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This is a JRPG, a moniker that many associate with giant anime eyes and an abundance of experience grinding. This isn’t the case here. NieR: Automata does an effective job of subverting conventions, something you’ll spot across much of Yoko Taro’s work. Every corner hides a new narrative or mechanical surprise, utilising things you’d consider commonplace in most games as something oddly special.
Androids are made of mechanical parts, so it makes sense that the player would have some agency of how they operate. 2B and 9S are both in possession of customisable chipsets. These influence everything from the HUD elements on-screen to specific attack and defence bonuses. Altering them to conquer specific boss battles or earn additional experience is hugely rewarding, and the benefits only grow as chipsets are enhanced with upgrades. Oh, and remove your OS chip. Trust me, something really cool happens.
Side quests provide valuable insights into the thematic rumblings of NieR: Automata’s world. They’re all superbly written, even touching at times, presenting scenarios of a crumbling world clinging onto whatever hope it can find.
Don’t be surprised if some tasks end in a bleak ultimatum, where nobody is happy. It’s the nature of Automata’s setting, a planet where soon there will be nothing left to fight for.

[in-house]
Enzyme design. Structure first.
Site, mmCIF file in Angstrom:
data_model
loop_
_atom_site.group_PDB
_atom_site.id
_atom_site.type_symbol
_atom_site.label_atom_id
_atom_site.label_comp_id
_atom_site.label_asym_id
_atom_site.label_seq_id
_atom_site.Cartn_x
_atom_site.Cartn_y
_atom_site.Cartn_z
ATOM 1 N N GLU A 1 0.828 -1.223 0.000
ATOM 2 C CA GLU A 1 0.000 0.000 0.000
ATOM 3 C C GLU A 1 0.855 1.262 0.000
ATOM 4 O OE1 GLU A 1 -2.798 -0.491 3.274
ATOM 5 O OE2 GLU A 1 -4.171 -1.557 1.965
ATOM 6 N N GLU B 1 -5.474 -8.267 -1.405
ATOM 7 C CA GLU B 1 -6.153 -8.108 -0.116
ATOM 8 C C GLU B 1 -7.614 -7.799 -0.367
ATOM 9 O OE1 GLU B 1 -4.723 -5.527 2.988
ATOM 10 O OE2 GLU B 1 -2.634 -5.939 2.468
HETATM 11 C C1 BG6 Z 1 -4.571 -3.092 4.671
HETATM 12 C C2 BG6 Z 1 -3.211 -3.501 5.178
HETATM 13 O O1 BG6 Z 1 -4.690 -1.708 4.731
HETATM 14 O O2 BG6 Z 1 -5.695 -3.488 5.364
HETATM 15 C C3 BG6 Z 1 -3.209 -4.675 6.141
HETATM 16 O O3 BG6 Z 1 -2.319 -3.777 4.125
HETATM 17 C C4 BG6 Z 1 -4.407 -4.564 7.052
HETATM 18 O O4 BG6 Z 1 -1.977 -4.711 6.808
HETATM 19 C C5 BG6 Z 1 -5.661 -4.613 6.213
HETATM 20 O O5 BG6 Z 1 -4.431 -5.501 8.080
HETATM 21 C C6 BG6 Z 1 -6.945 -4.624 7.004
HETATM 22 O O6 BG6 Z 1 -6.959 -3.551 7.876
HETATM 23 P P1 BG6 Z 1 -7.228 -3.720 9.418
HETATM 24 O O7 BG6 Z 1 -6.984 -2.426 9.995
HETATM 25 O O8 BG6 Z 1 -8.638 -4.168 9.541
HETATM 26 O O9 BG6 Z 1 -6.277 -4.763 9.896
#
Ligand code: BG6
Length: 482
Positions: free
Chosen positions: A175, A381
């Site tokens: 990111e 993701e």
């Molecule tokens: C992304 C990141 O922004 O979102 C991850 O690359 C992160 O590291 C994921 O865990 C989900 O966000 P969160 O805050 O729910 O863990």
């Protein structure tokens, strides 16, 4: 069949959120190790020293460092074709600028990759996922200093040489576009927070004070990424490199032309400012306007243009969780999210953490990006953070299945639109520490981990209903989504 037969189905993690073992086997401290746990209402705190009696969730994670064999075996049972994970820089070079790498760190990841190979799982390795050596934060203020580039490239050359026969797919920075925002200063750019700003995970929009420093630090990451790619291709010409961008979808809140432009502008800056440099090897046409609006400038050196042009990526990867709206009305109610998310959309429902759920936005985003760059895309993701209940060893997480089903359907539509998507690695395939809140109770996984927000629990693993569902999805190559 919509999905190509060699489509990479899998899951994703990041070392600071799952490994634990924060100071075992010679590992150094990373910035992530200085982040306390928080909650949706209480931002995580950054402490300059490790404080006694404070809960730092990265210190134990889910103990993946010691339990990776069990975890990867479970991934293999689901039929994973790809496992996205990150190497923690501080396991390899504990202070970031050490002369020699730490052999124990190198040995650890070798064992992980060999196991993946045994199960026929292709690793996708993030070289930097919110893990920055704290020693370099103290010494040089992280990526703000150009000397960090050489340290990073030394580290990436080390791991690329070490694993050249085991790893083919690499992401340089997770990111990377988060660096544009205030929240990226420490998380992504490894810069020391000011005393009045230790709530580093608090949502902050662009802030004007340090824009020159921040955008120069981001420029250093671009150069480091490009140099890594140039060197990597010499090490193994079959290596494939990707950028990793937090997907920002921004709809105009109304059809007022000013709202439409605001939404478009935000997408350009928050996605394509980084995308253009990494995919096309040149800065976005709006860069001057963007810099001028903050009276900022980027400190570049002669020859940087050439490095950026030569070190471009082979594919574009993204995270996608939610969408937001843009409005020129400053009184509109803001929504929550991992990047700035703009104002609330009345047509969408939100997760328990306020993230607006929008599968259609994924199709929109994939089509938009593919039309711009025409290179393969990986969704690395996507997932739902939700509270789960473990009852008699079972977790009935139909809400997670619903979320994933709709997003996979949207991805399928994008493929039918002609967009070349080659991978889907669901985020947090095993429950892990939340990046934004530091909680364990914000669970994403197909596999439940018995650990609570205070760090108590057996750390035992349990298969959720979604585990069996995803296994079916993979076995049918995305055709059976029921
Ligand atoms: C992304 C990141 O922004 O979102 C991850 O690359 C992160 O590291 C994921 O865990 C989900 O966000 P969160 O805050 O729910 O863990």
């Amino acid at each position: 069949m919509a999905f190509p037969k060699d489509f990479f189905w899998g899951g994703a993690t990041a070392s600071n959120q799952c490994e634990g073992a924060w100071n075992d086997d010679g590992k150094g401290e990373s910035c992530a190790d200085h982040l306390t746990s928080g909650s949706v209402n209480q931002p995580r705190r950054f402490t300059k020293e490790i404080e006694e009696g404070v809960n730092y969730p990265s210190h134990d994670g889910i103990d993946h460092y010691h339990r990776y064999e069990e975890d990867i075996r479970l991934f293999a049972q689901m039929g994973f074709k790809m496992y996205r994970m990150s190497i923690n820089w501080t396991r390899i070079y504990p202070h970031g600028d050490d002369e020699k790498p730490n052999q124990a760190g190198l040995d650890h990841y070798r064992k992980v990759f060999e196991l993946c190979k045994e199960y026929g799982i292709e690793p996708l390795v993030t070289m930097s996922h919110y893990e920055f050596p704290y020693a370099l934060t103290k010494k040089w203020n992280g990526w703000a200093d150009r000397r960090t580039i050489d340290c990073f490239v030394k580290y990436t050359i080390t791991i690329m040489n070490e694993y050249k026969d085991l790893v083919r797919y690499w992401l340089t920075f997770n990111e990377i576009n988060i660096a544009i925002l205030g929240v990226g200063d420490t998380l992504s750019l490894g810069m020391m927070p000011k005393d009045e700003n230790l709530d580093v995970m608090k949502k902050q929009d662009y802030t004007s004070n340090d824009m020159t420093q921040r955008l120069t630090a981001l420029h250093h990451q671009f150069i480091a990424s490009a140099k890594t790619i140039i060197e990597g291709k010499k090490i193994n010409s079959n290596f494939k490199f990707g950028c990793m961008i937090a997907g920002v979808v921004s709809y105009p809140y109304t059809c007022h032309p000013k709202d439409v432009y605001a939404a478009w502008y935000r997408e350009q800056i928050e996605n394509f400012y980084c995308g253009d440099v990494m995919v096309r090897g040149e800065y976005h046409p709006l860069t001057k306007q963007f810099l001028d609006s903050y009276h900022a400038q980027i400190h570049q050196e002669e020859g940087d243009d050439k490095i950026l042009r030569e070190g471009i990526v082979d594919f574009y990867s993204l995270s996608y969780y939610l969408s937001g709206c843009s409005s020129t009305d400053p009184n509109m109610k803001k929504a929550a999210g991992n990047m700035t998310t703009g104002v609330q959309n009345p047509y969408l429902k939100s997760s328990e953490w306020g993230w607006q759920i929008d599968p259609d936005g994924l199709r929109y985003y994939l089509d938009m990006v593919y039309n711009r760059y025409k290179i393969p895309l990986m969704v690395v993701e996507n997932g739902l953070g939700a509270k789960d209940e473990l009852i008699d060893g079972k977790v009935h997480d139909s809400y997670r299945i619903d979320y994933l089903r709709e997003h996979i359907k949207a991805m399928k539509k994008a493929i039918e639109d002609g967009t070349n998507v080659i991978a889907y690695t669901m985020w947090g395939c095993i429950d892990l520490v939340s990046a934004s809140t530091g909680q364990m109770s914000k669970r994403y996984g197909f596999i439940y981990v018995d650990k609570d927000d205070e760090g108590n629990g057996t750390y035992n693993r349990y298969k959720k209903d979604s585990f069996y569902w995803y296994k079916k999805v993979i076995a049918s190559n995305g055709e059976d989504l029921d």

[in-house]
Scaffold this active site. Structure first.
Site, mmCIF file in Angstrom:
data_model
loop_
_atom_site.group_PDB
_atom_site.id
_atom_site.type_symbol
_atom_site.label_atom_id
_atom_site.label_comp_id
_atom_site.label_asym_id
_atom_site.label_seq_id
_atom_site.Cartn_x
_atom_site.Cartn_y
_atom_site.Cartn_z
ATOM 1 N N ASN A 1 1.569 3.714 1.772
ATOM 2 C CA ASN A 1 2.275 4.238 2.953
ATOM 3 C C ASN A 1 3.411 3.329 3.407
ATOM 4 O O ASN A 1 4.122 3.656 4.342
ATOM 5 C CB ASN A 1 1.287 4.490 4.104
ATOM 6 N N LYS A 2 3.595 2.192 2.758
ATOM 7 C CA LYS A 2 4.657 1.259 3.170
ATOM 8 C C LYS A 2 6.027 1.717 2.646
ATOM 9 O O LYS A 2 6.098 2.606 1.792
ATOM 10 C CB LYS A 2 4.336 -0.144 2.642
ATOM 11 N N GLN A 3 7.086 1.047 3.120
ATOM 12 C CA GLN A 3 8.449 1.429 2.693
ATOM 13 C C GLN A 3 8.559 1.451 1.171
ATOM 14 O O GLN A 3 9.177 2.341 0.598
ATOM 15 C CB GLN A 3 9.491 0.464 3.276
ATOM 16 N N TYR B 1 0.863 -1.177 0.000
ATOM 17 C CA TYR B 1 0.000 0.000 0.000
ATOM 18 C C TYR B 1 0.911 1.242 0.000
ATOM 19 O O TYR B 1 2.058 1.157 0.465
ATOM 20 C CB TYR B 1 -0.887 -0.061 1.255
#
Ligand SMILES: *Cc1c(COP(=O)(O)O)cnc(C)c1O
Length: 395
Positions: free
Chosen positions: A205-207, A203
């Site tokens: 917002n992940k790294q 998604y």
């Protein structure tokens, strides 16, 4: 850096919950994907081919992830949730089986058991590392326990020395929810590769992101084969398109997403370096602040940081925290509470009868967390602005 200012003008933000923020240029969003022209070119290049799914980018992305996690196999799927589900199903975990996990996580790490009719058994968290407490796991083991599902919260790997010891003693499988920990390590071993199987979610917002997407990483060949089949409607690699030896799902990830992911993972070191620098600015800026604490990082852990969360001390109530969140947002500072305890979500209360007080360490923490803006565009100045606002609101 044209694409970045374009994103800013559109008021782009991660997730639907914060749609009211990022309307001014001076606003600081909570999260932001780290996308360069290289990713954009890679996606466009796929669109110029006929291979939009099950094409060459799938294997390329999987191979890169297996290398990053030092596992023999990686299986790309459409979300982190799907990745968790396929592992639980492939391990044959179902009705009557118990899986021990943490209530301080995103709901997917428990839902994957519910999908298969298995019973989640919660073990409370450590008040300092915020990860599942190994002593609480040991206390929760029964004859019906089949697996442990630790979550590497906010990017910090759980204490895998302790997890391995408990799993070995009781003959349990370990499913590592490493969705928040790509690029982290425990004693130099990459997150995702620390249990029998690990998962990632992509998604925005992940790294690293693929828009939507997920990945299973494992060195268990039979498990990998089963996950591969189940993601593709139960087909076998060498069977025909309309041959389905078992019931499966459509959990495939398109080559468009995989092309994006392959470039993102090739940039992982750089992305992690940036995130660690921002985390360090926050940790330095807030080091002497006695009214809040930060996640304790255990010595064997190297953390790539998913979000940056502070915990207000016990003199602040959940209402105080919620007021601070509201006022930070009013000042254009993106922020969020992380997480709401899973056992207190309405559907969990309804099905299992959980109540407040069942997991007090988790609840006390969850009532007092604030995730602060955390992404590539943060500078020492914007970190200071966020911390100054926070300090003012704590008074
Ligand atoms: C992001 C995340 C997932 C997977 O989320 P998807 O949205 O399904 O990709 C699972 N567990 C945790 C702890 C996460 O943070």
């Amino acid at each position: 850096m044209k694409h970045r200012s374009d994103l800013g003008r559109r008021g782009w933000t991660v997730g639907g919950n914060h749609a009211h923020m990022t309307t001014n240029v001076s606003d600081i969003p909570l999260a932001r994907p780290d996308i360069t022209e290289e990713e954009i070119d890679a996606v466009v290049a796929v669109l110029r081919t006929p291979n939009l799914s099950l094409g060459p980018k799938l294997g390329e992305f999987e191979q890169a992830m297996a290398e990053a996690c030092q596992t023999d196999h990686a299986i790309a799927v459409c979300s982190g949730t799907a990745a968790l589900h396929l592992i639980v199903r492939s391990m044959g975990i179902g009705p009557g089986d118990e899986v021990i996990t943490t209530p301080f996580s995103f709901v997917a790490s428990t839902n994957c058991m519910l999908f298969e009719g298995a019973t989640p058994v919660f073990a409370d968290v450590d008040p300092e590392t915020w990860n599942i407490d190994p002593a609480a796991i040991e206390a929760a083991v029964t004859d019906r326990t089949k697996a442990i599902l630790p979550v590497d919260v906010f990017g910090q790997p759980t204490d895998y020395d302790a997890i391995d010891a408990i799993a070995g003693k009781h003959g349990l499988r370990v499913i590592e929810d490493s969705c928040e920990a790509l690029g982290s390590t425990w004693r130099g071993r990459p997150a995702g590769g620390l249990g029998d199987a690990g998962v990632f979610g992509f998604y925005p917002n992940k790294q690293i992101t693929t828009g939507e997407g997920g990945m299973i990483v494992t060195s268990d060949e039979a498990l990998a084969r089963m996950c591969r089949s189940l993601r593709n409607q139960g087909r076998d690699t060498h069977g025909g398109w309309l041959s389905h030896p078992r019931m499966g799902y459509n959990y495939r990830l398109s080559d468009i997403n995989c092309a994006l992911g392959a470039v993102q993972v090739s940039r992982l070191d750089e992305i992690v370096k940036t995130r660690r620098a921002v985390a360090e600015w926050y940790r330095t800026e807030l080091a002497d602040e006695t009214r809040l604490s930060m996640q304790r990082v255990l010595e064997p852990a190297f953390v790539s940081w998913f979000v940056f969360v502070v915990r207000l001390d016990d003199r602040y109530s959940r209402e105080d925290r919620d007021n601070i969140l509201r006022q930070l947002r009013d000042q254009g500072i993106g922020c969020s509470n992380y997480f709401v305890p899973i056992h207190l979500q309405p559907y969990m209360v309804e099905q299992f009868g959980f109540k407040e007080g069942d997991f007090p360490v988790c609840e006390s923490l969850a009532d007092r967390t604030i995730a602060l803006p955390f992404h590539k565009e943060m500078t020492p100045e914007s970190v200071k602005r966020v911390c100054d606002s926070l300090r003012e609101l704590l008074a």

Humour has a place, too. One early quest has our heroes awkwardly avoiding the explanation of how babies are made to a young robotic child, while another has you trying to hook up two robots across a small village. All of these instances are tinged with an aura of tragedy, subtlety touching upon wider issues with a biting sociopolitical lens.
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NieR: Automata isn’t a visual juggernaut, but it makes up for a lack in sheer detail with phenomenal art direction. Crumbling city ruins and scorching deserts are brought to life by an equally fantastic soundtrack that provides each and every scene with a musical backdrop bordering on perfection.
It’s really something, and manages to shine a little brighter on Xbox One X with HDR10 implementation. Those with a supported display are in for a treat. Performance is rock-solid throughout, with only a few hiccups emerging in the most hectic of battles.
NieR: Automata remains a fantastic action RPG, bringing an alluring world, compelling characters and a real sense of agency together to craft something I really can’t recommend enough. If you’ve yet to play this gem, the Xbox One is currently one of the best places to do so.